A full 70 per cent of respondents said they will eat out less often in restaurants due to the HST now applying to all food, while 62 per cent will reduce going to concert and sporting events, and 60 per cent will cut movie and theatre attendance.

That sentiment explains two signs in a restaurant where I ate last week: one looked like a B.C. car license plate but read: "HST NFG." The other apologized for increased prices, blaming the HST.

All this shows why 75 per cent of those polled say they want the HST abolished and only 17 per cent would keep it.

And it demonstrates why the B.C. Liberals dropped even further in support, to a record low 23 per cent -- a massive 23 per cent dive since the 2009 election -- while the New Democrats sit at double that support -- 46 per cent.

Premier Gordon Campbell's "momentum" score? A remarkable 71 per cent, which means that in the last three months 72 per cent have a worse opinion of Campbell and just one per cent have a better one.

Recalls in the offing

Could things possibly get any worse for the B.C. Liberals? Oh yes.

By August 11 Elections BC will announce if the Fight HST initiative petition to kill the tax -- which I am involved with -- has been verified as reaching the sufficient number of signatures to be valid.

With 705,643 signatures obtained in less than the 90 day time limit and a safety margin of an extra five per cent more than the minimum 10 per cent required in every one of B.C.'s 85 ridings, the initiative should pass muster.

That would force a B.C. Legislative committee with a B.C. Liberal MLA majority to either send a bill to extinguish the HST to the Legislature or alternatively hold a non-binding vote on the HST across the province on Sept. 24, 2011.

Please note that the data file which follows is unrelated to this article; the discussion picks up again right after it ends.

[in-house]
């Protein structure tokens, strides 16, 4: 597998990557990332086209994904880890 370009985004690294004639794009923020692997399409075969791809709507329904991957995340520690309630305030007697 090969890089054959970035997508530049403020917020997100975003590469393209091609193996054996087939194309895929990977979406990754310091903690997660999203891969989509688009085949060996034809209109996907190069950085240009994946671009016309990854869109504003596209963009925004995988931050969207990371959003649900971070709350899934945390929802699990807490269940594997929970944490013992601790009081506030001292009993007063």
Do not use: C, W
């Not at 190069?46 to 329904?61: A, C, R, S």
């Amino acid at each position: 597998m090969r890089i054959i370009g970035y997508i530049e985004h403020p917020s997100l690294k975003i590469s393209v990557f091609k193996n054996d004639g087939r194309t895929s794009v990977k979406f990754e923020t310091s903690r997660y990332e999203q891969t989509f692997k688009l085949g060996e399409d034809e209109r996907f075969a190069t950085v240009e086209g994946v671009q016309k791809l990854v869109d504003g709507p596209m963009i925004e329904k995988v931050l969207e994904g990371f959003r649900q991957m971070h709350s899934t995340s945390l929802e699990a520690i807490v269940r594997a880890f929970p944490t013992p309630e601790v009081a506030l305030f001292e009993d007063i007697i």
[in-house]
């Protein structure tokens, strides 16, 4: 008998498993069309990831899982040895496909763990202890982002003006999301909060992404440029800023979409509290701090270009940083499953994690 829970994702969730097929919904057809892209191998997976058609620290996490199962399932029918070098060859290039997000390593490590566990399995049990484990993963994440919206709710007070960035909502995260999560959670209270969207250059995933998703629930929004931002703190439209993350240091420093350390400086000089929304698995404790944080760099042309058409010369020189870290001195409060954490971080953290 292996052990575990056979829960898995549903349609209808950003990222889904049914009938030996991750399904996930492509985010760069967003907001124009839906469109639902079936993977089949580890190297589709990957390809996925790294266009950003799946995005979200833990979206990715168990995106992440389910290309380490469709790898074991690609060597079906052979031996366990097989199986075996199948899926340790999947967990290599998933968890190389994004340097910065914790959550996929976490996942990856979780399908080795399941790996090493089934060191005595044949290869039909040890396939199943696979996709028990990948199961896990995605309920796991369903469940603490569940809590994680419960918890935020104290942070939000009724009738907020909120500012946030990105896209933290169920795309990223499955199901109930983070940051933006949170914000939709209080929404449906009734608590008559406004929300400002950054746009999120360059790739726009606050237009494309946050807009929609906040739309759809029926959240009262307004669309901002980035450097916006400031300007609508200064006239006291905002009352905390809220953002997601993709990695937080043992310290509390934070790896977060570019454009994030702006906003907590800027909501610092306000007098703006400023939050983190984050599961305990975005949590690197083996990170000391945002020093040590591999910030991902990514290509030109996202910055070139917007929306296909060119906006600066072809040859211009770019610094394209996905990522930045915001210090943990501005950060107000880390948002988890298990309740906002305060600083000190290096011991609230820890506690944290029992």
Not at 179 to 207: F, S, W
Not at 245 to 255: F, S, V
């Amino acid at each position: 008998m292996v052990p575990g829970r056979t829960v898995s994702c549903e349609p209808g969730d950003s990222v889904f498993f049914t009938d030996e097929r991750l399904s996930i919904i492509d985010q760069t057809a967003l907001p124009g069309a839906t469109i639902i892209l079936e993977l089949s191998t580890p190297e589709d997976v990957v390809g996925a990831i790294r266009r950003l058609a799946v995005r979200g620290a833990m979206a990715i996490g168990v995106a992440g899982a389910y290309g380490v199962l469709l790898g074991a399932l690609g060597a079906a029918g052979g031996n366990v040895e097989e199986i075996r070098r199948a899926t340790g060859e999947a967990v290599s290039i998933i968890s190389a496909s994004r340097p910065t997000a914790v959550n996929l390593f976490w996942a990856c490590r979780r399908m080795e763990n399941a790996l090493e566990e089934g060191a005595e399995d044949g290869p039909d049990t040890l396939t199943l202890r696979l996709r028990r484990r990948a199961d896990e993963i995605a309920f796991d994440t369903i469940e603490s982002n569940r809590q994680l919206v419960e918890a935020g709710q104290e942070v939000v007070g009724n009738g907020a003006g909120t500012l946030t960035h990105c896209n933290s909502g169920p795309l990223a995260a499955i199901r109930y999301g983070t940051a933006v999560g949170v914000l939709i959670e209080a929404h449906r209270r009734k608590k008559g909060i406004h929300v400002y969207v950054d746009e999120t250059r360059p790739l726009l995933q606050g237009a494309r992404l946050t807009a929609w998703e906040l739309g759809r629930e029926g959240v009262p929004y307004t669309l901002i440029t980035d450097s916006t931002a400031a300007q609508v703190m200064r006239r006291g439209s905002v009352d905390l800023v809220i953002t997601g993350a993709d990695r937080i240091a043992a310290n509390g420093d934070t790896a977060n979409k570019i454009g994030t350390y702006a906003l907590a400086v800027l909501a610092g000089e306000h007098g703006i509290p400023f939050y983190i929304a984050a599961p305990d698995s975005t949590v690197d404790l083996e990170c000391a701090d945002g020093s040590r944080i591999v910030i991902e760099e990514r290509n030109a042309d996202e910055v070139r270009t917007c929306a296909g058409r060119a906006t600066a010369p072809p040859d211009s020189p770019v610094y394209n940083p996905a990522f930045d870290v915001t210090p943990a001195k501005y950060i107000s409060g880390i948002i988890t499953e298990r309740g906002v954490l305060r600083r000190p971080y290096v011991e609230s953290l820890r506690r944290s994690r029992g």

Neither option will help the government, but officially voting down the citizens initiative would likely inflame those who signed -- and just before recall campaigns can be filed starting November 18.

B.C. Liberal MLAs could completely avoid recall -- but not the way they want to.

Battle moving to court

Starting the week of August 16, Fight HST's veteran lawyer Joe Arvay will argue in B.C. Supreme Court that the HST is unconstitutional and must be struck down.

Arvay's argument: every other province which has the HST passed explicit legislation imposing the tax -- but B.C. never did, instead only eliminating the old Provincial Sales Tax and signing a backroom deal with the federal Conservative government to bring in the HST.

If successful, the HST could be struck down by the courts, making the tax illegal and putting the government into a disastrous situation.

That same week a coalition of big business groups that support the HST and the B.C. Liberals will argue conversely that the Fight HST citizens initiative petition itself is unconstitutional.

But if the Council of Forest Industries, the Independent Contractors and Businesses Association, the Mining Association of B.C., the B.C. Chamber of Commerce, the Coast Forest Products Association and the Western Convenience Stores Association are successful, those voters who signed the initiative petition in good faith will likely be furious that the Elections BC-approved official attempt to get rid of the HST has been derailed by big business, again fueling recall efforts.

But there was one tiny bit of good news for the B.C. Liberals in the poll -- they still retain the most support of any political party in the province with just one segment of society -- those who earn over $100,000 a year.

What happens if Campbell ignores the initiative petition?

Recall in the fall -- count on it.  [Tyee]

Read more: Politics